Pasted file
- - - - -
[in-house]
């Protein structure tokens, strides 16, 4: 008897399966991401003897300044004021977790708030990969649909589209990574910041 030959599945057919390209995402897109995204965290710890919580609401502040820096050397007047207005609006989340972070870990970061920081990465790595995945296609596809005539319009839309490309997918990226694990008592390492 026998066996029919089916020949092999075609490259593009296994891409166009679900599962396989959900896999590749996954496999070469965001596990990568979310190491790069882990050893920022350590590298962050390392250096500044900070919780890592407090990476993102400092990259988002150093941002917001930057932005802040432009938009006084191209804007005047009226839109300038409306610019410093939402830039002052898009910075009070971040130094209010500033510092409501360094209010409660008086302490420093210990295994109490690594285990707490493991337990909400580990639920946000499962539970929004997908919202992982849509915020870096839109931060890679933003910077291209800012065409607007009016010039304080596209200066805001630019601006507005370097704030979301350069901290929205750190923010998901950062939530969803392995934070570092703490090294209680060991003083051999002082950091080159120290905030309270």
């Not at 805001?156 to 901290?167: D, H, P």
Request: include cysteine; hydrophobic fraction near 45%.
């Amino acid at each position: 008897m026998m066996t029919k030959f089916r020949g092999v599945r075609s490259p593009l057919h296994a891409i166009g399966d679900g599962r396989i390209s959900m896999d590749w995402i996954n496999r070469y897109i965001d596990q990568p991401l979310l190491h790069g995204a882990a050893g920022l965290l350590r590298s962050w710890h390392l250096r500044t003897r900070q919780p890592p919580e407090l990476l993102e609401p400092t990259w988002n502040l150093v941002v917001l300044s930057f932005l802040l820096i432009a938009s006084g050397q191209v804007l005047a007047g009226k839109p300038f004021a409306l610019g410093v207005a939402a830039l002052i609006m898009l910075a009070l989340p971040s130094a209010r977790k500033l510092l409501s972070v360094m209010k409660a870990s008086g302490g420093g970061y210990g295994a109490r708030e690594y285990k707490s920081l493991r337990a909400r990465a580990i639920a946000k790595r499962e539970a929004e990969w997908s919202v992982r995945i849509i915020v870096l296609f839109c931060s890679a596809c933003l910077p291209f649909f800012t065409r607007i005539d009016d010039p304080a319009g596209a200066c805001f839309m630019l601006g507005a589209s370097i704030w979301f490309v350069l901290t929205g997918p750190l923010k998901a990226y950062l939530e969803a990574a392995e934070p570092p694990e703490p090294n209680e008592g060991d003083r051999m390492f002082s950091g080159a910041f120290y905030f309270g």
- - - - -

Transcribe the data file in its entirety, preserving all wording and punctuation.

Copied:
[in-house]
């Protein structure tokens, strides 16, 4: 008897399966991401003897300044004021977790708030990969649909589209990574910041 030959599945057919390209995402897109995204965290710890919580609401502040820096050397007047207005609006989340972070870990970061920081990465790595995945296609596809005539319009839309490309997918990226694990008592390492 026998066996029919089916020949092999075609490259593009296994891409166009679900599962396989959900896999590749996954496999070469965001596990990568979310190491790069882990050893920022350590590298962050390392250096500044900070919780890592407090990476993102400092990259988002150093941002917001930057932005802040432009938009006084191209804007005047009226839109300038409306610019410093939402830039002052898009910075009070971040130094209010500033510092409501360094209010409660008086302490420093210990295994109490690594285990707490493991337990909400580990639920946000499962539970929004997908919202992982849509915020870096839109931060890679933003910077291209800012065409607007009016010039304080596209200066805001630019601006507005370097704030979301350069901290929205750190923010998901950062939530969803392995934070570092703490090294209680060991003083051999002082950091080159120290905030309270």
């Not at 805001?156 to 901290?167: D, H, P």
Request: include cysteine; hydrophobic fraction near 45%.
């Amino acid at each position: 008897m026998m066996t029919k030959f089916r020949g092999v599945r075609s490259p593009l057919h296994a891409i166009g399966d679900g599962r396989i390209s959900m896999d590749w995402i996954n496999r070469y897109i965001d596990q990568p991401l979310l190491h790069g995204a882990a050893g920022l965290l350590r590298s962050w710890h390392l250096r500044t003897r900070q919780p890592p919580e407090l990476l993102e609401p400092t990259w988002n502040l150093v941002v917001l300044s930057f932005l802040l820096i432009a938009s006084g050397q191209v804007l005047a007047g009226k839109p300038f004021a409306l610019g410093v207005a939402a830039l002052i609006m898009l910075a009070l989340p971040s130094a209010r977790k500033l510092l409501s972070v360094m209010k409660a870990s008086g302490g420093g970061y210990g295994a109490r708030e690594y285990k707490s920081l493991r337990a909400r990465a580990i639920a946000k790595r499962e539970a929004e990969w997908s919202v992982r995945i849509i915020v870096l296609f839109c931060s890679a596809c933003l910077p291209f649909f800012t065409r607007i005539d009016d010039p304080a319009g596209a200066c805001f839309m630019l601006g507005a589209s370097i704030w979301f490309v350069l901290t929205g997918p750190l923010k998901a990226y950062l939530e969803a990574a392995e934070p570092p694990e703490p090294n209680e008592g060991d003083r051999m390492f002082s950091g080159a910041f120290y905030f309270g």